Premier Annastacia Palaszczuk and Deputy Premier Steven Miles have built an economic recovery plan focused on business owners and industry.
Premier Annastacia Palaszczuk and Deputy Premier Steven Miles have built an economic recovery plan focused on business owners and industry.

OPINION: Where are the jobs for young Queenslanders?

WHERE are the jobs?

That's the question young Queenslanders need to ask themselves when they fill out the ballot paper on October 31.

Since it first started impacting Australia in March, the coronavirus pandemic has revealed to us all the fragility of employment for people under the age of 35 in this state.

Young people have been overly represented in the jobs that were first to be impacted - restaurants, cafes, tourism.

The Queensland Government stated ABS payroll data showed the Gold Coast, Sunshine Coast and Cairns have borne the heaviest job losses as international and interstate tourism shut down. Employment in these industries was already dominated by insecure, casual contracts and stagnant wages.

Young people have also been underrepresented in both state and federal policies designed to aid in the economy recovery post-covid.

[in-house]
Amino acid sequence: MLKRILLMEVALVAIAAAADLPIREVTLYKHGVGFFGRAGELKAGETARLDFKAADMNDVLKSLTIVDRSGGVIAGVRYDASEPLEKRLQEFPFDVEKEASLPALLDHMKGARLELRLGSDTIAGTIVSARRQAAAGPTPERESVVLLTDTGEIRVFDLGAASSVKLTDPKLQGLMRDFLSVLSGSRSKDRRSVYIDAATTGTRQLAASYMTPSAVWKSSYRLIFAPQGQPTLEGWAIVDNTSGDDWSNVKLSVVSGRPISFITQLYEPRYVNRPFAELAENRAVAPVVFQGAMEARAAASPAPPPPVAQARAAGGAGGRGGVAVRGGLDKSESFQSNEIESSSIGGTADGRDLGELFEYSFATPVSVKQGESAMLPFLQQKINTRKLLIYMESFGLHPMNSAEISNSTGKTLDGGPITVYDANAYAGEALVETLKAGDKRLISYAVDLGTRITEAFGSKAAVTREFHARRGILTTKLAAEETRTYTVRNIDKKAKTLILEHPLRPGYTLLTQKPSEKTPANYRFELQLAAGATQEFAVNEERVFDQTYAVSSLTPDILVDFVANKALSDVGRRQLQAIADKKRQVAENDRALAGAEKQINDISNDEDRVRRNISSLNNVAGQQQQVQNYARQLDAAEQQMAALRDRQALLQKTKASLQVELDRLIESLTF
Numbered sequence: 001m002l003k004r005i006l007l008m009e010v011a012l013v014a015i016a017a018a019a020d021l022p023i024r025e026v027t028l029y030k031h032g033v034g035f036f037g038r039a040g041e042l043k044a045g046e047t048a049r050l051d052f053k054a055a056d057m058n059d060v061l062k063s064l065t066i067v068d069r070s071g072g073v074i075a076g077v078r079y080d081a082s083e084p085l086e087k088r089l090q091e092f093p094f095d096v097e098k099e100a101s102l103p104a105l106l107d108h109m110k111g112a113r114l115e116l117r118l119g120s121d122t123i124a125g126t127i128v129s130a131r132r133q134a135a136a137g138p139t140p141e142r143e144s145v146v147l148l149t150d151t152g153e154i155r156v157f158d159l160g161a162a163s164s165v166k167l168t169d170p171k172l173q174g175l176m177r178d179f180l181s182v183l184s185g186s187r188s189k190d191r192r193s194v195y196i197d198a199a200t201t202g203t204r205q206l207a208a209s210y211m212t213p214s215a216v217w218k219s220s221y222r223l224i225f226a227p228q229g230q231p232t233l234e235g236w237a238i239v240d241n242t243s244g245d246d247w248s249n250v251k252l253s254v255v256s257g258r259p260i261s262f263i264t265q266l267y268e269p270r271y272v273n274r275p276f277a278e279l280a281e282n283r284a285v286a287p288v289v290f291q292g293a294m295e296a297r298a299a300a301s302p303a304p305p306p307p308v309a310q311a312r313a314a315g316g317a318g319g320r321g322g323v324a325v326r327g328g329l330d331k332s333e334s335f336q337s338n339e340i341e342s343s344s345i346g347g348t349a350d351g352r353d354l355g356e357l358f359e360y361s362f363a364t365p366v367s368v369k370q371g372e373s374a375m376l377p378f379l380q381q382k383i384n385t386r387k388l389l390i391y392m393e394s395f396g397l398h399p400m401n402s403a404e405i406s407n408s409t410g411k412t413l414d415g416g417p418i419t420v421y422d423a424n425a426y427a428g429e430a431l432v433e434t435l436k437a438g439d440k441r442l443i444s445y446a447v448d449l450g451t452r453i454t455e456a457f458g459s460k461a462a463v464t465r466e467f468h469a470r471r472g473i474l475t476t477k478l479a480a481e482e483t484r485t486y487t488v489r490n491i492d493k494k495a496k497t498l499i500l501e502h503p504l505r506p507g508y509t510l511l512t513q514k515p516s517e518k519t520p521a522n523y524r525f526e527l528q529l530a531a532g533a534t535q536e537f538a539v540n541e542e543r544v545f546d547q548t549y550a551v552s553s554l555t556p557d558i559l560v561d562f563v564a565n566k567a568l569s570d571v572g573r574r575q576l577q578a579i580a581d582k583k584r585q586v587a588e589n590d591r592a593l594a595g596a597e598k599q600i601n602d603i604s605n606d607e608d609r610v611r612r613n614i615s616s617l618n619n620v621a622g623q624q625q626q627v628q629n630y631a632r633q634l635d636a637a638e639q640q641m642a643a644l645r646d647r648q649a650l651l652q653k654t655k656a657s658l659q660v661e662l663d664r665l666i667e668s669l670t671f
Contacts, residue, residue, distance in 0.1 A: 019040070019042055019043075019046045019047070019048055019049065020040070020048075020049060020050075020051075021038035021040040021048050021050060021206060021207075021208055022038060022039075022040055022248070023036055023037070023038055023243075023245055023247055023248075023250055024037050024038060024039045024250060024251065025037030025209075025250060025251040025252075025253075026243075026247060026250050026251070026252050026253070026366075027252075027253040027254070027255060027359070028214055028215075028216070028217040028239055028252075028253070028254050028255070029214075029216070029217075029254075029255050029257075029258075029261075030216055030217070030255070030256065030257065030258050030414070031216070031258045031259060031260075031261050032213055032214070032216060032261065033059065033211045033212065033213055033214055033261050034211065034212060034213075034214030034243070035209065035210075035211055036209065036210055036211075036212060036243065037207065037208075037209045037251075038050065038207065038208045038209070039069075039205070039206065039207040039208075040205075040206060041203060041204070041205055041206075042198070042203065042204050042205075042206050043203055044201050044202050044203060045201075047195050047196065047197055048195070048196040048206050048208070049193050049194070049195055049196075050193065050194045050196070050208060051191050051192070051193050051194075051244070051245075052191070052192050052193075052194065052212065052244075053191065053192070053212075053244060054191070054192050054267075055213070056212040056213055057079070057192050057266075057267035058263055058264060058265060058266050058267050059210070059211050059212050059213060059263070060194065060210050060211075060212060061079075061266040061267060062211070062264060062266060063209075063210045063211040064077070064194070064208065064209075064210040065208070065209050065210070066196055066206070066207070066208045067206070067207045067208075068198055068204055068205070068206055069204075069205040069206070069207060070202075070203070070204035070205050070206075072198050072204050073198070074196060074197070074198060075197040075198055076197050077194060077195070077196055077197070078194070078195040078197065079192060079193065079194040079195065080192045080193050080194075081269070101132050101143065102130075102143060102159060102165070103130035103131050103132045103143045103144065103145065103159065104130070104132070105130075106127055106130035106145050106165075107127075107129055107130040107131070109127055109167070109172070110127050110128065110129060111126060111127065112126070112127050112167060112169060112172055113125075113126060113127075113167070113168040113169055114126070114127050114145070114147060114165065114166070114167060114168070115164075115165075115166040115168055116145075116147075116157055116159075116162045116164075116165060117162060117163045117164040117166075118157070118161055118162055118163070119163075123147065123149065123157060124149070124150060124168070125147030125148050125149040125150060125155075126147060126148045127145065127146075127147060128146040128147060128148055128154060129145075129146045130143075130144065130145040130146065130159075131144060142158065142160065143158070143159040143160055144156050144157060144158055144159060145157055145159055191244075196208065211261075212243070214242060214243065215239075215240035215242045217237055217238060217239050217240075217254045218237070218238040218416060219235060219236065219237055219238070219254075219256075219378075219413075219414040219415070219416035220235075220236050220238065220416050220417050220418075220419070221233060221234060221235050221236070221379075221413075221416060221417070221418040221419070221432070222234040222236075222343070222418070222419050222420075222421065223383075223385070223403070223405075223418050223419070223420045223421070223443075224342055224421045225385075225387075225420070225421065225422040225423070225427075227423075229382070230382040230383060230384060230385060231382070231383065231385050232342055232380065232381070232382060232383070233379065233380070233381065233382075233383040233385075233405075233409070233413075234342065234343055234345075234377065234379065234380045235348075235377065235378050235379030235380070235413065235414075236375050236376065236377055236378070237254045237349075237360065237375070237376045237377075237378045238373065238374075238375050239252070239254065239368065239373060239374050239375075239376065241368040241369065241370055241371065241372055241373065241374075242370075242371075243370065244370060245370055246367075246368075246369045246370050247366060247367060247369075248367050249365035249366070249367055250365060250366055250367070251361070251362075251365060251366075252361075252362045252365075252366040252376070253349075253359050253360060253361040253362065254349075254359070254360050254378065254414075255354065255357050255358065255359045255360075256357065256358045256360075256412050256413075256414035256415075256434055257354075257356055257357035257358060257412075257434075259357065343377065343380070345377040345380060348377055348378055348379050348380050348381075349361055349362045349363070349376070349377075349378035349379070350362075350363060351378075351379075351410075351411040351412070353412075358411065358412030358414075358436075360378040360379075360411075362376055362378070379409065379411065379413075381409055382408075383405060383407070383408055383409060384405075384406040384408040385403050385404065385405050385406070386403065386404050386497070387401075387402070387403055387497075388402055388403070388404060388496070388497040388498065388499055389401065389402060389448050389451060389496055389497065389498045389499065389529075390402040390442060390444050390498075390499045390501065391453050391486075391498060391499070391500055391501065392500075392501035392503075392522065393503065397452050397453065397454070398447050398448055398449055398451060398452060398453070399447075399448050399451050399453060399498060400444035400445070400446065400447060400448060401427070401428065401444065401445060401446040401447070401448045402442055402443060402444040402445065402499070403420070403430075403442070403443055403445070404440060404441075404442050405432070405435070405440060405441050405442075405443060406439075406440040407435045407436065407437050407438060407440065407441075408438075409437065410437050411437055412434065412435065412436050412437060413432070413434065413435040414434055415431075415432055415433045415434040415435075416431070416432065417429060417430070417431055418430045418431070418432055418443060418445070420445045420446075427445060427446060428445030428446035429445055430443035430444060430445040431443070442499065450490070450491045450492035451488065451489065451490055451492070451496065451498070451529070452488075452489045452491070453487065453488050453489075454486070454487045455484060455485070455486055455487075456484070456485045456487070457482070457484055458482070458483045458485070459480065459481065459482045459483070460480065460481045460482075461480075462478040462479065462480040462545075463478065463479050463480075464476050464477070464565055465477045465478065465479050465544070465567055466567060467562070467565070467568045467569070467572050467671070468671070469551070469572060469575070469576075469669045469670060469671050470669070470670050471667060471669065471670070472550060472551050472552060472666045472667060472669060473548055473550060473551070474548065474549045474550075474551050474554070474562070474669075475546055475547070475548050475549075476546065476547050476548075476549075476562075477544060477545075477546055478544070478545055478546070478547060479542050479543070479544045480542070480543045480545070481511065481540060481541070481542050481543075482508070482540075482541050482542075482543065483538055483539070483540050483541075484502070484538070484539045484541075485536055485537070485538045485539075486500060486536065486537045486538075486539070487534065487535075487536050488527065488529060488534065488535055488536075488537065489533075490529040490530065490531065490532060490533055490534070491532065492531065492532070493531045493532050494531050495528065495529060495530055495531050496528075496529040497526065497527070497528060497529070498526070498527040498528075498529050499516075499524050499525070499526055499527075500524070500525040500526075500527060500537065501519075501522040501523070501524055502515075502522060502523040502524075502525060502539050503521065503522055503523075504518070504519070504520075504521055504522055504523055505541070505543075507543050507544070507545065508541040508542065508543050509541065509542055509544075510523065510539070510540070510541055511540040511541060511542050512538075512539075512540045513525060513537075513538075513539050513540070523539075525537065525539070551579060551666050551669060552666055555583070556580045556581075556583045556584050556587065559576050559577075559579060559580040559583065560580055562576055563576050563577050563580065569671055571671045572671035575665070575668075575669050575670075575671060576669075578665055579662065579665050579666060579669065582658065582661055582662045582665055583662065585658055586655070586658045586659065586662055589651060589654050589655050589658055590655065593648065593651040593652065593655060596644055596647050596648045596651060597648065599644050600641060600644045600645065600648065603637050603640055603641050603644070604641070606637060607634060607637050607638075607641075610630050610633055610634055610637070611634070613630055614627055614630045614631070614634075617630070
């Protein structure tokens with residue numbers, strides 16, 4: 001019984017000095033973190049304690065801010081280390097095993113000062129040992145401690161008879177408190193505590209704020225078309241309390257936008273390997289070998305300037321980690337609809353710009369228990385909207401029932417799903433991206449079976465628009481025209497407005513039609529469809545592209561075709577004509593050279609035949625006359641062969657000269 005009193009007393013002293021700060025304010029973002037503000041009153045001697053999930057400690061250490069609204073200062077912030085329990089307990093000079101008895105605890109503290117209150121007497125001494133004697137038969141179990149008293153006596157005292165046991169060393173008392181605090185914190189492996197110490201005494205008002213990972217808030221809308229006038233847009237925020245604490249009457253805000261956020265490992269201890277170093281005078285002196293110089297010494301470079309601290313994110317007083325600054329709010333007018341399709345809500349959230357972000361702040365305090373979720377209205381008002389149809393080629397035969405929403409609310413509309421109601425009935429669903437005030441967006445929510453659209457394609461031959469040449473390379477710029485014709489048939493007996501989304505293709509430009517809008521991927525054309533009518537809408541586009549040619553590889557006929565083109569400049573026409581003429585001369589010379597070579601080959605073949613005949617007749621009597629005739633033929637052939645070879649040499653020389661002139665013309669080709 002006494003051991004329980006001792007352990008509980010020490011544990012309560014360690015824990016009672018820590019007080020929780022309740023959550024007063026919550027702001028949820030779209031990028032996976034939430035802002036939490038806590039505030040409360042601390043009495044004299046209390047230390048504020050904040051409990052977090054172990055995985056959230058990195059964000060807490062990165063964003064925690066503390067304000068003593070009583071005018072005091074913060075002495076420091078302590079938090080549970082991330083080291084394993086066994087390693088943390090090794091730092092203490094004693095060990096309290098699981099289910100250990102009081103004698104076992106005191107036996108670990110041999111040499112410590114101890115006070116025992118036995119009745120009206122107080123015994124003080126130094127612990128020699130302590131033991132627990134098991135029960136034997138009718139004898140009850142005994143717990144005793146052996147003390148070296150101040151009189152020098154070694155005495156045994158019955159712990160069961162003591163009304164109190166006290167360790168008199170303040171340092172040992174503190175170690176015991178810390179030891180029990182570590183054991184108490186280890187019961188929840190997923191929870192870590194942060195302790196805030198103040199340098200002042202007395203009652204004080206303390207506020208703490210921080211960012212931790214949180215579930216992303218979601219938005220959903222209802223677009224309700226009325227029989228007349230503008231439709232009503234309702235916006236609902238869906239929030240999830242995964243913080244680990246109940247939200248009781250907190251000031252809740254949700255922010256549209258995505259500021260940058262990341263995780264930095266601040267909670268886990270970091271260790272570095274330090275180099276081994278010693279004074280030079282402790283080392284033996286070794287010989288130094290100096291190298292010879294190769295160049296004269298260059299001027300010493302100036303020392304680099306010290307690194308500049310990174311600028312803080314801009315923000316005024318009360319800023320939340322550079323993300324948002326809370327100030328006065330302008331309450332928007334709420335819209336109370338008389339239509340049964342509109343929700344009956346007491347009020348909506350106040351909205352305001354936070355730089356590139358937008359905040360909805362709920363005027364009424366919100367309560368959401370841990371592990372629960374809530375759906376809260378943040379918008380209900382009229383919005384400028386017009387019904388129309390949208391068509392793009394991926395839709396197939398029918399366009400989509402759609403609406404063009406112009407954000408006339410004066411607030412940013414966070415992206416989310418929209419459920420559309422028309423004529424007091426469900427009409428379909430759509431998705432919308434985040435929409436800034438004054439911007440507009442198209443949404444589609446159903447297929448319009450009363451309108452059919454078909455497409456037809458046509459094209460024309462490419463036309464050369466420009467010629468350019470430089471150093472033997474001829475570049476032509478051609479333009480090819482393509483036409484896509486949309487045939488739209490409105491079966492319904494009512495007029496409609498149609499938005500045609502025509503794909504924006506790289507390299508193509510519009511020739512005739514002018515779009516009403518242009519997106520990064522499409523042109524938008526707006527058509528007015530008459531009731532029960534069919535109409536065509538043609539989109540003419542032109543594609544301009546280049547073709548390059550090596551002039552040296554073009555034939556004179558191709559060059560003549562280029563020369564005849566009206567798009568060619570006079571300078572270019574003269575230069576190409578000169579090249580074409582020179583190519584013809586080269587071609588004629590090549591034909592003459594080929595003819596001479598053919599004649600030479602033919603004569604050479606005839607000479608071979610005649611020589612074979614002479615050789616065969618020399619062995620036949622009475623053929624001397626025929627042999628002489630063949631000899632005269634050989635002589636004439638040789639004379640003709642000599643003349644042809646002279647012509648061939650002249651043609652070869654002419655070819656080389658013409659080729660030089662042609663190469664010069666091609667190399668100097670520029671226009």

What couple under 35 has a hope of qualifying for Scott Morrison's ill-thought out $25,000 HomeBuilder grant? How are young jobless parents expected to look for new work after the premature end to free childcare?

The Queensland Government's own economic recovery policies are aimed at business owners and industry, not workers.

You could argue boosting industry leads to better employment prospects for young workers, but it's highly likely they'll be offered the same insecure jobs that existed before coronavirus changed the employment landscape. 

Opposition Leader Deb Frecklington
Opposition leader Deb Frecklington hopes to unseat Premier Annastacia Palaszczuk this October.

Even without the effects of coronavirus, young people in work or looking for work were already getting a raw deal.

The average youth unemployment rate across Queensland regions was 15.5% in July 2020. These statistics, released by the Queensland Government's Statistics Office, don't account for the effects of coronavirus and instead are based on a 12-month average. The promise of economic safety has been slipping out of young worker's hands for a long time.

This means that the question young Queenslanders need to ask this election isn't just where are the jobs, but where are the quality jobs? Where is the work that will still be there in a decade? 

A government capable of answering those questions need to take a creative view on what industries this state can build itself on.

Last century that might have meant coal or bauxite. For lots of regional cities it meant manufacturing. We know that is not the answer for the coming century. The state's great manufacturing centres have shed hundreds of workers in the past 10 years alone.

Some shut their doors decades ago. Coal is dying outside of Australia and eventually it will die in Australia. Which government is planning for that?

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